|Publication number||US7622197 B2|
|Application number||US 11/561,760|
|Publication date||Nov 24, 2009|
|Filing date||Nov 20, 2006|
|Priority date||Nov 20, 2006|
|Also published as||CA2611288A1, CA2611288C, US20080118763|
|Publication number||11561760, 561760, US 7622197 B2, US 7622197B2, US-B2-7622197, US7622197 B2, US7622197B2|
|Inventors||Robert A. Balow, Donald E. Whyte|
|Original Assignee||Ferroxy-Aled, Llc|
|Export Citation||BiBTeX, EndNote, RefMan|
|Patent Citations (34), Non-Patent Citations (2), Referenced by (2), Classifications (27), Legal Events (2)|
|External Links: USPTO, USPTO Assignment, Espacenet|
The invention relates generally to cookware and specifically to corrosion resistant, scratch resistant and stick resistant ferrous-metal-containing cookware.
The use of non-stick surfaces in cookware is well known. Perhaps the oldest type of non-stick cookware is that which is oil-seasoned steel or cast iron cookware. This type of cookware suffers from a number of significant disadvantages. Most importantly, seasoned steel or cast iron cookware is prone to rusting and must not be washed in soapy water so as to prevent the loss of the seasoned surface. Another problem of such cookware is that because iron is a reactive metal, acidic foods should not be cooked in such vessels for long periods of time. Foods high in acid can cause iron to leach from the cookware's surface and consequently affect the taste of food prepared therein and cause health concerns due to ingestion of the leached iron. The surface of such cookware tends to be relatively non-porous. And the hardness of many metal cooking surfaces is relatively poor such that the cookware is susceptible to scratching and subsequent loss of surface seasoning which results in rusting when the cookware is washed in soapy water. Furthermore, such cookware is higher maintenance; because of the cookware's susceptibility to rusting, it is generally unacceptable to wash the cookware in a dishwasher.
The factors that are desirable in high-quality cookware are greatly impacted by the type of metal the cookware is made of and how the cookware has been surface treated to prepare it as a culinary article. In the culinary world, there is an on-going search for improved cookware that does not suffer from the disadvantages described herein. There remains a constant demand for new and improved culinary articles that have increased corrosion-resistance and stick-resistance in particular. There is also a constant demand for culinary articles that have not been treated with coatings which may be hazardous to one's health. Chefs are on a constant quest for culinary articles that will last longer and that will be easier to care for. Given the above considerations, it is therefore an object of this invention to provide a method of providing an improved seasoned surface on ferrous cookware that has significantly improved corrosion, abrasion and stick resistances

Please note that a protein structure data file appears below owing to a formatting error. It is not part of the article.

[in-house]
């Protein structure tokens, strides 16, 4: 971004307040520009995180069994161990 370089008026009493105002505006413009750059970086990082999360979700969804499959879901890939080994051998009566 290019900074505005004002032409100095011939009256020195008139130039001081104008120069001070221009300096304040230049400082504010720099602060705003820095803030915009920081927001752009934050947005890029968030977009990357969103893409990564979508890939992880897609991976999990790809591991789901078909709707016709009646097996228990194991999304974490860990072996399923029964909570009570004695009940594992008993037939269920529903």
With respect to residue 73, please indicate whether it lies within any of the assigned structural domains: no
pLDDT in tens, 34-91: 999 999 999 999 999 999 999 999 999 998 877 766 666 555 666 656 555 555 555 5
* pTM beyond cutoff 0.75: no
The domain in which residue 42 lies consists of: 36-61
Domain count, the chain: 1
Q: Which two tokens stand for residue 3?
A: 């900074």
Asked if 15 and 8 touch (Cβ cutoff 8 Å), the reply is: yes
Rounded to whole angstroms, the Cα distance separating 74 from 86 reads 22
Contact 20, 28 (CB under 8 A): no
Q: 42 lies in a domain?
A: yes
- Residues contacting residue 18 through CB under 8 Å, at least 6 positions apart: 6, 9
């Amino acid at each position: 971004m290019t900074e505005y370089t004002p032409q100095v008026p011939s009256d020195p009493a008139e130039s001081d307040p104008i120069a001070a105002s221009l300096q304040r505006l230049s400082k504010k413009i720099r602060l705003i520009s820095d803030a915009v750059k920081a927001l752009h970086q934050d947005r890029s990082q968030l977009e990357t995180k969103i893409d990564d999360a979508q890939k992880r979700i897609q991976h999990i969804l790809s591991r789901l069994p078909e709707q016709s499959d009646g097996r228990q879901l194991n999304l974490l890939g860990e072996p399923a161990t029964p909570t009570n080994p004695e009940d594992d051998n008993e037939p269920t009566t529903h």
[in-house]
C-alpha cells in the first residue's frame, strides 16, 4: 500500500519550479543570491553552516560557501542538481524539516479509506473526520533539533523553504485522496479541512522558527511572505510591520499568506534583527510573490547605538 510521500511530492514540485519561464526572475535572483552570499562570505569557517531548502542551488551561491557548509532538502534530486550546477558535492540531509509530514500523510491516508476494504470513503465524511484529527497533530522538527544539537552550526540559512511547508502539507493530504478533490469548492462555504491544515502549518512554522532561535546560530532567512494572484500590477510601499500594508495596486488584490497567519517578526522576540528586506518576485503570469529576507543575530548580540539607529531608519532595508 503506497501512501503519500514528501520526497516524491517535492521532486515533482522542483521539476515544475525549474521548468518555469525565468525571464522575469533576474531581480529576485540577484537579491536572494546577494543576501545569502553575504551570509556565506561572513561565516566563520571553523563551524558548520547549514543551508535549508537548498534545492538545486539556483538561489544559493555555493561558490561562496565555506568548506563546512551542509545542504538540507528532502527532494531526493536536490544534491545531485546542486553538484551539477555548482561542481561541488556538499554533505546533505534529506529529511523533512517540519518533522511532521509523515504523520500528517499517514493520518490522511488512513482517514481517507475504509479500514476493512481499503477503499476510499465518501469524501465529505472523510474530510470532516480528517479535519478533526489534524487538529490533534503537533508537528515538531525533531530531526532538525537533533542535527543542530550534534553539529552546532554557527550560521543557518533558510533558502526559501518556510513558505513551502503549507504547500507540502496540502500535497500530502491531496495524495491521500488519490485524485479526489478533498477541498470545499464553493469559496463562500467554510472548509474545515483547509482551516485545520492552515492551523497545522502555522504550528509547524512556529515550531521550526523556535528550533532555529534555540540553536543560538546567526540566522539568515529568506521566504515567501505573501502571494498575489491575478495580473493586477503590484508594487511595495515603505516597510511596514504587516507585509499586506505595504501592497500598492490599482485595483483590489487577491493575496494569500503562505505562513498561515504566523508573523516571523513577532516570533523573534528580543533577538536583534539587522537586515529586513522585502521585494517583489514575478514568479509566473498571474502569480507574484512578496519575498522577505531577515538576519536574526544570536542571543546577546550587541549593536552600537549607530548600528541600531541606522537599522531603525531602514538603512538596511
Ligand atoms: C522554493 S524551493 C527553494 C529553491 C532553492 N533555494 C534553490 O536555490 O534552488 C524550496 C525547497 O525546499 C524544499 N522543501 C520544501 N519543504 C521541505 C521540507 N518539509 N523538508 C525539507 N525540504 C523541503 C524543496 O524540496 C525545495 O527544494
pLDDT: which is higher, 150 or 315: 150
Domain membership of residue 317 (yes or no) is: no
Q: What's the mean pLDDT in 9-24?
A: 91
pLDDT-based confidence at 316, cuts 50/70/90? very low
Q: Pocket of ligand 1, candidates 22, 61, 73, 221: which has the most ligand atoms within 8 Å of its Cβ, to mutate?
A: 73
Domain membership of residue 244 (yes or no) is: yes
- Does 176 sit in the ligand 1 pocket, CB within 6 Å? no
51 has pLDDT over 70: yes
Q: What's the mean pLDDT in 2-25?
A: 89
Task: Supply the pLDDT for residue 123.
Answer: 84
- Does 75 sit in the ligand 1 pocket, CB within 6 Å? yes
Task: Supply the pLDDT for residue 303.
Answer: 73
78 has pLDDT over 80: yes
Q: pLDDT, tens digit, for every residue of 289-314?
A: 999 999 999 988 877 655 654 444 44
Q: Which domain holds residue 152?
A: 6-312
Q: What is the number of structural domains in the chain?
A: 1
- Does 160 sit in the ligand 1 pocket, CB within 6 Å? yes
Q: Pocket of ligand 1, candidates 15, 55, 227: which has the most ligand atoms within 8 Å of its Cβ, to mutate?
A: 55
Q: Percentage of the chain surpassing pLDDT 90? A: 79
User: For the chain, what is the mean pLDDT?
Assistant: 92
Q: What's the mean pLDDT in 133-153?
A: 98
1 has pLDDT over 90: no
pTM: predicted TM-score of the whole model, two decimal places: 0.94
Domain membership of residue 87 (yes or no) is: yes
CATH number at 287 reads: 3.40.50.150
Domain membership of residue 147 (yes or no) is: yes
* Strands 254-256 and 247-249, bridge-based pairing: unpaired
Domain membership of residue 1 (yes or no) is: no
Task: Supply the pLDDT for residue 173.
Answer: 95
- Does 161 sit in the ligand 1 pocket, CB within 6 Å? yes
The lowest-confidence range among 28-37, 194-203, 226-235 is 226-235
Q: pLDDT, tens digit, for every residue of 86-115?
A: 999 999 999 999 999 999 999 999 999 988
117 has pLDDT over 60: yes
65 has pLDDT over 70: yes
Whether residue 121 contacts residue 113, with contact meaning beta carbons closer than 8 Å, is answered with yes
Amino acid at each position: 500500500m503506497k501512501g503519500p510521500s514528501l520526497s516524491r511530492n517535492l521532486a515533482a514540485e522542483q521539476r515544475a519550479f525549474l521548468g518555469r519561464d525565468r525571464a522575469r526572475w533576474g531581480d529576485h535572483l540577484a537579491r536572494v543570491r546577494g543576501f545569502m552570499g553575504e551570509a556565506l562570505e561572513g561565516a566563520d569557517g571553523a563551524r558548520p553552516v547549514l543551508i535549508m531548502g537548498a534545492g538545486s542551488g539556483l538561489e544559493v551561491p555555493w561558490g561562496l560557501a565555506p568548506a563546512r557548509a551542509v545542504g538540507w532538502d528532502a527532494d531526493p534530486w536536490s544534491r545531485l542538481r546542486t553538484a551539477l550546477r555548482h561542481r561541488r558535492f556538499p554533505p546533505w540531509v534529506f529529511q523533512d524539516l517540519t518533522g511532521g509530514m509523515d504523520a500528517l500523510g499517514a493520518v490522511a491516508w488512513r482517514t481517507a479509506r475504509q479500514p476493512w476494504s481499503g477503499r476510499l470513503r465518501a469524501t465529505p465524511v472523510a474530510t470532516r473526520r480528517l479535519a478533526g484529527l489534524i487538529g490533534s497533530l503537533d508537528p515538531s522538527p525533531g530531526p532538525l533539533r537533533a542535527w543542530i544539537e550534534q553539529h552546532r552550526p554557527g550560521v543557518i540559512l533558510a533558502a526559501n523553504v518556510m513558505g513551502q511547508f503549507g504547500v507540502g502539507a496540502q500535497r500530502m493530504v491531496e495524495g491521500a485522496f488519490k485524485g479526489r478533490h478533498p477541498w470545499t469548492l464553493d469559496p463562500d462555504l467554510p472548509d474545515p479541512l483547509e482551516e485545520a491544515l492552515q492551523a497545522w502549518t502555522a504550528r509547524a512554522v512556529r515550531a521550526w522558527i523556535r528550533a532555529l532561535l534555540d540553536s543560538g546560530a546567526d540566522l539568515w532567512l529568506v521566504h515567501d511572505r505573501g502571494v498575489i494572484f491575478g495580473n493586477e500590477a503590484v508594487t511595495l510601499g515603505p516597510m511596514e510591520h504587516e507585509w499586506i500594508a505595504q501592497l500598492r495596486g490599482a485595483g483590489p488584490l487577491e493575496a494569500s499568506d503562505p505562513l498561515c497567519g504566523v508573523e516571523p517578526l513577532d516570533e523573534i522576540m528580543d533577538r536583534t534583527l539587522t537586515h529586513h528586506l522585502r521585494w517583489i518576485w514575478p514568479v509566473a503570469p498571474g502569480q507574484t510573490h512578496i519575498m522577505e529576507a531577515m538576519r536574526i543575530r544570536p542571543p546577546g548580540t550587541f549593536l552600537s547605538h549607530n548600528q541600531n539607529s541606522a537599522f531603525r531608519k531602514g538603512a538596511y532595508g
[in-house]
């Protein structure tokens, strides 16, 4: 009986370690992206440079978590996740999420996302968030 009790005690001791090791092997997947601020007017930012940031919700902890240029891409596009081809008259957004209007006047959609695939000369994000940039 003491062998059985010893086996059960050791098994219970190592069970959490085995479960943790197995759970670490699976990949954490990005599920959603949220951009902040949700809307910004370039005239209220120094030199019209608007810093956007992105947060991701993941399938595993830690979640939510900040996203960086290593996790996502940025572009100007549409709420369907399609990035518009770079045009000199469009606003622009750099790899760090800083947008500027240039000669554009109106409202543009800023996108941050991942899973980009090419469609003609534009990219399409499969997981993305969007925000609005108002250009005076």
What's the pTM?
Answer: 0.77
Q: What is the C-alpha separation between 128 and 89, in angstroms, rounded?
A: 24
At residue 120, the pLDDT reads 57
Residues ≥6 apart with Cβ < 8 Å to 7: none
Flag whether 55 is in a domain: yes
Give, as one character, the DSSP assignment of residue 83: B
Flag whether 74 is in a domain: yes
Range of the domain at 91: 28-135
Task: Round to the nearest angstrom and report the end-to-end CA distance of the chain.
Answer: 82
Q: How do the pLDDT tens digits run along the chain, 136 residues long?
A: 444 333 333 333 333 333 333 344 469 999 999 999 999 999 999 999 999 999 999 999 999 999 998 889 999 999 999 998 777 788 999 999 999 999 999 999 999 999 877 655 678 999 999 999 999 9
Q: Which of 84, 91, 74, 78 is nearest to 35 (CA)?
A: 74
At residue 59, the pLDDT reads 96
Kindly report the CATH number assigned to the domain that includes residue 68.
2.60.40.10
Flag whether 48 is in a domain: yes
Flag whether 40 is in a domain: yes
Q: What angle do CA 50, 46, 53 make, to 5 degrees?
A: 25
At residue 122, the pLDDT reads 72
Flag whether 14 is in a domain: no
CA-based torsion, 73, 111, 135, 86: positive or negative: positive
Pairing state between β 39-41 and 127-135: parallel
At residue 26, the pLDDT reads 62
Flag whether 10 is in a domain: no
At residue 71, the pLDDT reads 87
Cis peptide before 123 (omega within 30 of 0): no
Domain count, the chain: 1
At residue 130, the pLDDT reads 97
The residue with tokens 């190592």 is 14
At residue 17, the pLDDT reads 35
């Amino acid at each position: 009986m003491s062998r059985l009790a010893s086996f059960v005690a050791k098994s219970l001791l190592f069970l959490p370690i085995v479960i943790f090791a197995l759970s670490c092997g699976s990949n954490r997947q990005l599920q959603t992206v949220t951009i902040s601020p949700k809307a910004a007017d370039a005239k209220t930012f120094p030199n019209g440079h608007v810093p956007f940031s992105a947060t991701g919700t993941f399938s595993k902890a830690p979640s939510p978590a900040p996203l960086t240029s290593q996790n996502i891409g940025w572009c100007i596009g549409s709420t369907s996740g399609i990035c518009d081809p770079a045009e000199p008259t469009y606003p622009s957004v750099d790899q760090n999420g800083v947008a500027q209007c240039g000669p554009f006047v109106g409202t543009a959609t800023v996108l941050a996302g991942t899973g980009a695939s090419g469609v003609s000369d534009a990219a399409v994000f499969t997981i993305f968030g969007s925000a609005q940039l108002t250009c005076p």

It is an object of this invention, in the field of ferrous cookware, to provide an improved seasoned surface having improved corrosion, abrasion, and stick resistance.
Another object of the invention is to provide stick-resistant cookware having increased service life.
It is yet another object of the invention to provide a stick-resistant cooking surface that operates as a barrier between food and the metal cooking surface.
Still another object of the invention is to provide an improved method for providing an improved corrosion-resistant cookware surface.
There are many different known processes used for the surface treatment of ferrous metals. For example, well known in the art are carburizing, nitriding, carbonitriding and nitrocarburizing, boriding, oxide coatings, and thermoreactive diffusion (just to name a few). The method of the present invention is one, most generally, of carbonitriding and nitrocarburizing. This type of process is a diffusion-based surface treatment that takes advantage of the synergistic effect of carburizing and nitriding. More specifically, the invention employs the process of nitrocaburization.
The main objective of nitrocarburization is to increase the hardness of the surface by diffusing it with nitrogen and carbon. Two types of nitrocarburization are austenitic and ferritic. Austenitic nitrocarburizing causes the formation of carbonitrides at the surface to improve hardness levels. Generally temperatures over 1300° F. are used during austenitic nitrocarburizing. Ferritic nitrocarburization, on the other hand, creates both carbonitrides and diffusion of carbon and nitrogen into the substrate metal. Ferritic nitrocarburization typically involves temperatures less than 1300° F. It is ferritic nitrocarburization that is one crucial component of the method of this invention.
Ferritic nitrocarburization involves the diffusion of both nitrogen and carbon into the surface of a substrate metal. This process is long known in the art. It typically involves heat treating a ferrous article from about 1000° F. to about 1200° F. The purpose of the process is to diffuse nitrogen and carbon atoms into the iron, forming a solid solution and thereby entrapping diffused atoms in the spaces in the iron structure.